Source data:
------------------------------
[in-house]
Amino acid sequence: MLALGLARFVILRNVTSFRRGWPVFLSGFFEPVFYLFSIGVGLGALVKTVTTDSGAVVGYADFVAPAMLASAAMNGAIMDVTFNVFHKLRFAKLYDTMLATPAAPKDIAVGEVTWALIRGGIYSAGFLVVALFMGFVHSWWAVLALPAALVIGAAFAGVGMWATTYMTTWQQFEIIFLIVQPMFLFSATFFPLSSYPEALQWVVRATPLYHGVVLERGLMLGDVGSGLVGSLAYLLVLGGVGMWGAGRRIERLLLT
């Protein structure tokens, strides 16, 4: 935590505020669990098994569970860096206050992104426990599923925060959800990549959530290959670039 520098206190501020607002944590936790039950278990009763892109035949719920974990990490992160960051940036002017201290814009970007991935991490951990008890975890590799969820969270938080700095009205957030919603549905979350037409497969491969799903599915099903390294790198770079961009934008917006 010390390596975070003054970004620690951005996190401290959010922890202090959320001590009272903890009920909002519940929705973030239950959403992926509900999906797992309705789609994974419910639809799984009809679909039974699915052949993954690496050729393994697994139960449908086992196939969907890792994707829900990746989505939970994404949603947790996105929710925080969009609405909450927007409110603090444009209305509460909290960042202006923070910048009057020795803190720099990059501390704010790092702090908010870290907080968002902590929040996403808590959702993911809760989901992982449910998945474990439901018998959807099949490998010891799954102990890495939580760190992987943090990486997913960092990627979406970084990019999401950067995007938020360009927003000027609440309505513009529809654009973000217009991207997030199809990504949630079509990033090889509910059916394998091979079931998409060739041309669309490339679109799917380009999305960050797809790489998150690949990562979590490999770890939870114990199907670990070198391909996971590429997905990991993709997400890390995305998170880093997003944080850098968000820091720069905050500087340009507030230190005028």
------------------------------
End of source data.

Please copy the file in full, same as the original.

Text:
[in-house]
Amino acid sequence: MLALGLARFVILRNVTSFRRGWPVFLSGFFEPVFYLFSIGVGLGALVKTVTTDSGAVVGYADFVAPAMLASAAMNGAIMDVTFNVFHKLRFAKLYDTMLATPAAPKDIAVGEVTWALIRGGIYSAGFLVVALFMGFVHSWWAVLALPAALVIGAAFAGVGMWATTYMTTWQQFEIIFLIVQPMFLFSATFFPLSSYPEALQWVVRATPLYHGVVLERGLMLGDVGSGLVGSLAYLLVLGGVGMWGAGRRIERLLLT
């Protein structure tokens, strides 16, 4: 935590505020669990098994569970860096206050992104426990599923925060959800990549959530290959670039 520098206190501020607002944590936790039950278990009763892109035949719920974990990490992160960051940036002017201290814009970007991935991490951990008890975890590799969820969270938080700095009205957030919603549905979350037409497969491969799903599915099903390294790198770079961009934008917006 010390390596975070003054970004620690951005996190401290959010922890202090959320001590009272903890009920909002519940929705973030239950959403992926509900999906797992309705789609994974419910639809799984009809679909039974699915052949993954690496050729393994697994139960449908086992196939969907890792994707829900990746989505939970994404949603947790996105929710925080969009609405909450927007409110603090444009209305509460909290960042202006923070910048009057020795803190720099990059501390704010790092702090908010870290907080968002902590929040996403808590959702993911809760989901992982449910998945474990439901018998959807099949490998010891799954102990890495939580760190992987943090990486997913960092990627979406970084990019999401950067995007938020360009927003000027609440309505513009529809654009973000217009991207997030199809990504949630079509990033090889509910059916394998091979079931998409060739041309669309490339679109799917380009999305960050797809790489998150690949990562979590490999770890939870114990199907670990070198391909996971590429997905990991993709997400890390995305998170880093997003944080850098968000820091720069905050500087340009507030230190005028």